Pointing to the factors at play in his decision, O’Neill used his first speech as PM to stress “closer ties” with Australia. At the same time, the PNG government made clear it expects substantial financial contributions from the Australian government, on top of Australia’s existing aid for its former colony. The Manus Island provincial governor has drawn up a list of 28 infrastructure projects that he wants to negotiate with Australian officials as the price for reopening the detention centre.

Manus Island is located near the equator, some 400 kilometres north of the PNG mainland. The detention centre was used by the former Coalition government of Prime Minister John Howard until 2004, and became infamous for its appalling conditions. A number of asylum seekers attempted suicide in a desperate attempt to draw attention to their plight. In 2002, the Royal Australasian College of Physicians called public attention to the presence of a drug-resistant strain of malaria that had been diagnosed in 15 detainees. The doctor in charge of the island’s hospital, Otto Numan, told the Australian today that malaria remained “a day-to-day” problem, with 10,525 cases diagnosed in 2009 alone.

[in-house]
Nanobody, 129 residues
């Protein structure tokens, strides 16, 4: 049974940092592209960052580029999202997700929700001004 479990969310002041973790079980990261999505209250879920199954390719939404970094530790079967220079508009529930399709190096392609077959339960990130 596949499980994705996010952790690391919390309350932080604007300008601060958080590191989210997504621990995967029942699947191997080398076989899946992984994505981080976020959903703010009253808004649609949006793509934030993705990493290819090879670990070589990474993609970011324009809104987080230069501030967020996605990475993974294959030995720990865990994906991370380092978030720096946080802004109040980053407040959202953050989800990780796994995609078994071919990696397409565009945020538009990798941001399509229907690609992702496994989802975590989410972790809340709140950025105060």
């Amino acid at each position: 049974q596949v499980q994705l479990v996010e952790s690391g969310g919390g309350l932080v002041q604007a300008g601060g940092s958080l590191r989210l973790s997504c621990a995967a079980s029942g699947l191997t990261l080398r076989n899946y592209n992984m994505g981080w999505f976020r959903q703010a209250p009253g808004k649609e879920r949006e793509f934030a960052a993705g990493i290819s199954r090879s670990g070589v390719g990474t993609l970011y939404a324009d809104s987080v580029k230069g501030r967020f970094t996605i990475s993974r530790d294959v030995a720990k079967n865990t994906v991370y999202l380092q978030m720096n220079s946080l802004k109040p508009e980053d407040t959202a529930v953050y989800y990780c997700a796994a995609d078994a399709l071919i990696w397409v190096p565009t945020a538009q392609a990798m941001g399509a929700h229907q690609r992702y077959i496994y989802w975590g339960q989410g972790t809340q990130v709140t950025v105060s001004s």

Along with a similar centre in Nauru, Manus Island formed part of the Howard government’s “Pacific Solution” in which refugees languished for years. Amid rising public opposition, Labor, while maintaining the anti-democratic regime of mandatory detention, pledged at the 2007 election to overturn the Pacific policy and establish a 90-day limit for the processing of asylum seekers.